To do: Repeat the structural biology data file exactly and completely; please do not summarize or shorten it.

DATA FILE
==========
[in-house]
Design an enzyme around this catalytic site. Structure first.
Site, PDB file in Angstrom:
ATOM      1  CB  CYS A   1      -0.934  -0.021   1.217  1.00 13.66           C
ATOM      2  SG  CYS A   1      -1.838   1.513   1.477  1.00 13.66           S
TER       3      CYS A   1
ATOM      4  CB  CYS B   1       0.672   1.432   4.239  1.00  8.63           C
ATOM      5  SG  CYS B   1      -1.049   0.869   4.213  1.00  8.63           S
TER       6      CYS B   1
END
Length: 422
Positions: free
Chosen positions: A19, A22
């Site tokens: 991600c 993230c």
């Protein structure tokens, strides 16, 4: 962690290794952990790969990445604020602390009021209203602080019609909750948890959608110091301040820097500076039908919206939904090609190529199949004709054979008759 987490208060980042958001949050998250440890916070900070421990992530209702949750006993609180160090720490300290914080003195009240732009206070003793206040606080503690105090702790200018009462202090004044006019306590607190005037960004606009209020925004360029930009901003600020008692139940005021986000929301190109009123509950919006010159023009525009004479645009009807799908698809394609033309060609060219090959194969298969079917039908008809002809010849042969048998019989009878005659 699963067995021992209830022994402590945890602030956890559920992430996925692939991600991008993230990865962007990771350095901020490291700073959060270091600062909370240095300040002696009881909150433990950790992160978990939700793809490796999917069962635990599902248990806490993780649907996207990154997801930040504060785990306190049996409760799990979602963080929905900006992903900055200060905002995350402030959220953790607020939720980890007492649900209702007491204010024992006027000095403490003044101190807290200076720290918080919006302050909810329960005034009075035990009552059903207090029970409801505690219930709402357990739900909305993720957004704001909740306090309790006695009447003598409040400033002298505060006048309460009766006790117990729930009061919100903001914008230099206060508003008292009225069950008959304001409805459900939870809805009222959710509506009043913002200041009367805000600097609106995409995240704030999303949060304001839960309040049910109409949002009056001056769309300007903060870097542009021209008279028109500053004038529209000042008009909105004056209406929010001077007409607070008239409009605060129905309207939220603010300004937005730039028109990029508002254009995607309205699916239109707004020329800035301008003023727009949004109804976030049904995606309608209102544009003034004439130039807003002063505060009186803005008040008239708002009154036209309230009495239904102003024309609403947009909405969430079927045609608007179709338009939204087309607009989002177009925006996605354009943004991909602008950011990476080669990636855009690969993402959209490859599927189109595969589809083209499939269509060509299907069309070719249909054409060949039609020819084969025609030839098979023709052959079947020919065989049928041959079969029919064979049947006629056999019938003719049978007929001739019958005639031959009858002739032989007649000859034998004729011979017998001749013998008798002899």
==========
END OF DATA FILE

[in-house]
Design an enzyme around this catalytic site. Structure first.
Site, PDB file in Angstrom:
ATOM      1  CB  CYS A   1      -0.934  -0.021   1.217  1.00 13.66           C
ATOM      2  SG  CYS A   1      -1.838   1.513   1.477  1.00 13.66           S
TER       3      CYS A   1
ATOM      4  CB  CYS B   1       0.672   1.432   4.239  1.00  8.63           C
ATOM      5  SG  CYS B   1      -1.049   0.869   4.213  1.00  8.63           S
TER       6      CYS B   1
END
Length: 422
Positions: free
Chosen positions: A19, A22
């Site tokens: 991600c 993230c």
């Protein structure tokens, strides 16, 4: 962690290794952990790969990445604020602390009021209203602080019609909750948890959608110091301040820097500076039908919206939904090609190529199949004709054979008759 987490208060980042958001949050998250440890916070900070421990992530209702949750006993609180160090720490300290914080003195009240732009206070003793206040606080503690105090702790200018009462202090004044006019306590607190005037960004606009209020925004360029930009901003600020008692139940005021986000929301190109009123509950919006010159023009525009004479645009009807799908698809394609033309060609060219090959194969298969079917039908008809002809010849042969048998019989009878005659 699963067995021992209830022994402590945890602030956890559920992430996925692939991600991008993230990865962007990771350095901020490291700073959060270091600062909370240095300040002696009881909150433990950790992160978990939700793809490796999917069962635990599902248990806490993780649907996207990154997801930040504060785990306190049996409760799990979602963080929905900006992903900055200060905002995350402030959220953790607020939720980890007492649900209702007491204010024992006027000095403490003044101190807290200076720290918080919006302050909810329960005034009075035990009552059903207090029970409801505690219930709402357990739900909305993720957004704001909740306090309790006695009447003598409040400033002298505060006048309460009766006790117990729930009061919100903001914008230099206060508003008292009225069950008959304001409805459900939870809805009222959710509506009043913002200041009367805000600097609106995409995240704030999303949060304001839960309040049910109409949002009056001056769309300007903060870097542009021209008279028109500053004038529209000042008009909105004056209406929010001077007409607070008239409009605060129905309207939220603010300004937005730039028109990029508002254009995607309205699916239109707004020329800035301008003023727009949004109804976030049904995606309608209102544009003034004439130039807003002063505060009186803005008040008239708002009154036209309230009495239904102003024309609403947009909405969430079927045609608007179709338009939204087309607009989002177009925006996605354009943004991909602008950011990476080669990636855009690969993402959209490859599927189109595969589809083209499939269509060509299907069309070719249909054409060949039609020819084969025609030839098979023709052959079947020919065989049928041959079969029919064979049947006629056999019938003719049978007929001739019958005639031959009858002739032989007649000859034998004729011979017998001749013998008798002899």